In my case a piece of wood was used to tilt each speaker sufficiently to access the spikes. Bowers supplies anti tilt legs that can be used by those with lively children or animals, but they would have to be pretty substantial creatures to knock these beasts over if my tilting activities are anything to go by. A stainless bar is included in the accessory box which can be used to adjust the spikes without tilting the speakers but you have to bring them down far enough for this to be usable beforehand. Also in this box are jumpers to join the fancy chrome finished cable terminals, these aren’t the flat plates that tend to undermine sound quality but short cables terminated in spade connectors that can be clamped on. These were used to accommodate my Townshend Fractal F1 single wire speaker cables.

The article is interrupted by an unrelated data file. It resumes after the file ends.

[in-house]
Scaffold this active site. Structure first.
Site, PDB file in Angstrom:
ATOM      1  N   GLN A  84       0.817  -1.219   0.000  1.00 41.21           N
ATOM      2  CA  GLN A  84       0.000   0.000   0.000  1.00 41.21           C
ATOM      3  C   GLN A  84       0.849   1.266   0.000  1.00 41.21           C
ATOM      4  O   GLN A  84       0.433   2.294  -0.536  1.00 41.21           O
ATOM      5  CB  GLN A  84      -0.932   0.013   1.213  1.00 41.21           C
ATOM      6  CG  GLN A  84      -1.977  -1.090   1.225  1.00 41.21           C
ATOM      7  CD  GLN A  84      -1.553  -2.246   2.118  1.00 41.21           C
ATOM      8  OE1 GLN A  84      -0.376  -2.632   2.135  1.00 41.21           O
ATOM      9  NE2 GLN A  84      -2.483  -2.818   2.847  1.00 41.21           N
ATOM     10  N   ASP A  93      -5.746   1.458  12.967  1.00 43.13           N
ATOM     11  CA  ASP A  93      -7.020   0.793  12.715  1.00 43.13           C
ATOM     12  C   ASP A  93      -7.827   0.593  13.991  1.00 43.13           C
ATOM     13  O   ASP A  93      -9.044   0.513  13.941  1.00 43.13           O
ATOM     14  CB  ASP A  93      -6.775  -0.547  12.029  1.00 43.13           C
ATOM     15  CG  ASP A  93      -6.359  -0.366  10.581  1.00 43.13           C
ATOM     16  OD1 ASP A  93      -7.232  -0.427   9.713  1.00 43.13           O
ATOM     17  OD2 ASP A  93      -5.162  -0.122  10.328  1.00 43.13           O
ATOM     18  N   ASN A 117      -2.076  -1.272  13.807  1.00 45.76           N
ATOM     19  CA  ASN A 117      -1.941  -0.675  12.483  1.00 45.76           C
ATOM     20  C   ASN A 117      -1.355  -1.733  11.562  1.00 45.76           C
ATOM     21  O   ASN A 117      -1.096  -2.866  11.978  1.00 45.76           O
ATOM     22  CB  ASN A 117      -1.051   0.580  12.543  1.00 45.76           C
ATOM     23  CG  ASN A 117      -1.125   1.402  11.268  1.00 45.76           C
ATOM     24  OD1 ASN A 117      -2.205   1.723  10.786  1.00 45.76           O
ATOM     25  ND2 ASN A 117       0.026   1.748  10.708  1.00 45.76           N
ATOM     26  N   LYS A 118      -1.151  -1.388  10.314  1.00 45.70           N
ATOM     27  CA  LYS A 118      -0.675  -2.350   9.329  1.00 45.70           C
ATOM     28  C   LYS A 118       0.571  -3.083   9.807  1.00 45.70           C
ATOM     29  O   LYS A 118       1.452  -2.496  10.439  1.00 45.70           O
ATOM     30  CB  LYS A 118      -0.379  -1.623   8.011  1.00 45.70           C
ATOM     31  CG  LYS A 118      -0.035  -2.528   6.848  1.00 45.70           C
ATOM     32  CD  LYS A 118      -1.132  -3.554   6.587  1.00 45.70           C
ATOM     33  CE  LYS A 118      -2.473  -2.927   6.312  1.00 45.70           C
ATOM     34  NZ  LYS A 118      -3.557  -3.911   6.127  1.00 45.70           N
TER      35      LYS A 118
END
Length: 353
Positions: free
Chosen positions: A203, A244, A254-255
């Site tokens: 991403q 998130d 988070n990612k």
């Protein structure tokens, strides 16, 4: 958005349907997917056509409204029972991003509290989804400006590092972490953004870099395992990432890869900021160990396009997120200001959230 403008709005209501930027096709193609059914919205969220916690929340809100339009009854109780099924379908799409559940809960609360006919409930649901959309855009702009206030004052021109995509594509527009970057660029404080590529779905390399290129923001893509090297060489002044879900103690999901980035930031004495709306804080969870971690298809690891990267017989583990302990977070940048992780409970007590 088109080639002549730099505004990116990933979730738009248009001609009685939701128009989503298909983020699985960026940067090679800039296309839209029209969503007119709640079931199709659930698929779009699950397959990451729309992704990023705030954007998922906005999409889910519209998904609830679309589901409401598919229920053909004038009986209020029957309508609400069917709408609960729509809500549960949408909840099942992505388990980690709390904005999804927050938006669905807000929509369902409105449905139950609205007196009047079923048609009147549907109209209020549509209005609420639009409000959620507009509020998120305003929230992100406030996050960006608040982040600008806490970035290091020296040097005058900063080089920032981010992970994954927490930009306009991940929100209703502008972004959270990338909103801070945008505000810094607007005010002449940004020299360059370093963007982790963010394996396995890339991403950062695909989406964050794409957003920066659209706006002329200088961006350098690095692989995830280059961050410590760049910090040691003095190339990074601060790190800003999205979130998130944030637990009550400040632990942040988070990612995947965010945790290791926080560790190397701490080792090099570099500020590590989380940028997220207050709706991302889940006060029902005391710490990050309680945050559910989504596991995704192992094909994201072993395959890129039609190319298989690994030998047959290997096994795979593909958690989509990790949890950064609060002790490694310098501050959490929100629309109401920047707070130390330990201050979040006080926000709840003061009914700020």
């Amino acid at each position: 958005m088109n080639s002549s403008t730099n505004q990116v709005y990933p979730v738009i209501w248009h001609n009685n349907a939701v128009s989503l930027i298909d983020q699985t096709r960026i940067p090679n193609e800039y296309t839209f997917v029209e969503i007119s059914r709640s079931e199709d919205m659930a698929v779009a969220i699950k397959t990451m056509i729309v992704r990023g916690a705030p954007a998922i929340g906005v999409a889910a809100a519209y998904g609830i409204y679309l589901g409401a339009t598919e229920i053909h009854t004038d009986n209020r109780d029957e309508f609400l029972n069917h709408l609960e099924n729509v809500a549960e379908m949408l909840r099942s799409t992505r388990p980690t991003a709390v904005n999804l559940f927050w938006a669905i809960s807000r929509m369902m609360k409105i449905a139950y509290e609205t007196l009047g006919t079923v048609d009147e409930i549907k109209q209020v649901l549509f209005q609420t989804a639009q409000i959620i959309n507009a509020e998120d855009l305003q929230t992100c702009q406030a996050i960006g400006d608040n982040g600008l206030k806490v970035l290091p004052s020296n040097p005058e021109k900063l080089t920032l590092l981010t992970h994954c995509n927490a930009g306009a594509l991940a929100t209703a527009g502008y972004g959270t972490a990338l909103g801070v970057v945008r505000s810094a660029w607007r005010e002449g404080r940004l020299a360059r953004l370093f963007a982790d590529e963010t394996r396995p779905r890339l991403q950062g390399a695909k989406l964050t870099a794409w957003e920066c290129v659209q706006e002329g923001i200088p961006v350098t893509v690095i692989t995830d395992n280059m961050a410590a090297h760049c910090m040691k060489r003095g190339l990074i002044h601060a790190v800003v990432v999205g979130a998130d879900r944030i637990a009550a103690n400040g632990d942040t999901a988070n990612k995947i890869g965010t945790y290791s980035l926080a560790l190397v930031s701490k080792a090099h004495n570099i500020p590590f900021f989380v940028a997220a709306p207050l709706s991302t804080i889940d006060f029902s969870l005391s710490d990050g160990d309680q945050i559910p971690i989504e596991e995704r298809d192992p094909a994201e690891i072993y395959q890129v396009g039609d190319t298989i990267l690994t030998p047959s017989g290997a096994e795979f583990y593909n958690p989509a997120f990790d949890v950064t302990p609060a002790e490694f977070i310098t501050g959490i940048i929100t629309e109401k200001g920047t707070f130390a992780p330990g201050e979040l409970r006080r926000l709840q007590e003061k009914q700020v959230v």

Sound quality

You can describe the sound that the 801 Signatures produce in one word; extraordinary. But that isn’t really enough, what struck me first was that despite their not inconsiderable bulk they can ‘disappear’ leaving just an extremely accurate rendition of the recording for you to hear. All the work done to make the cabinet as silent as possible pays off with a holographic style of imaging that you rarely hear from larger loudspeakers, it’s something that usually requires cabinets constructed out of materials that are less inclined to resonate than wood. Vivid Audio achieve it with their composite glass fibre based creations but it’s a rare thing to achieve with a loudspeaker that can also reproduce extremely low bass.

Bowers & Wilkins 801 Signature https://the-ear.net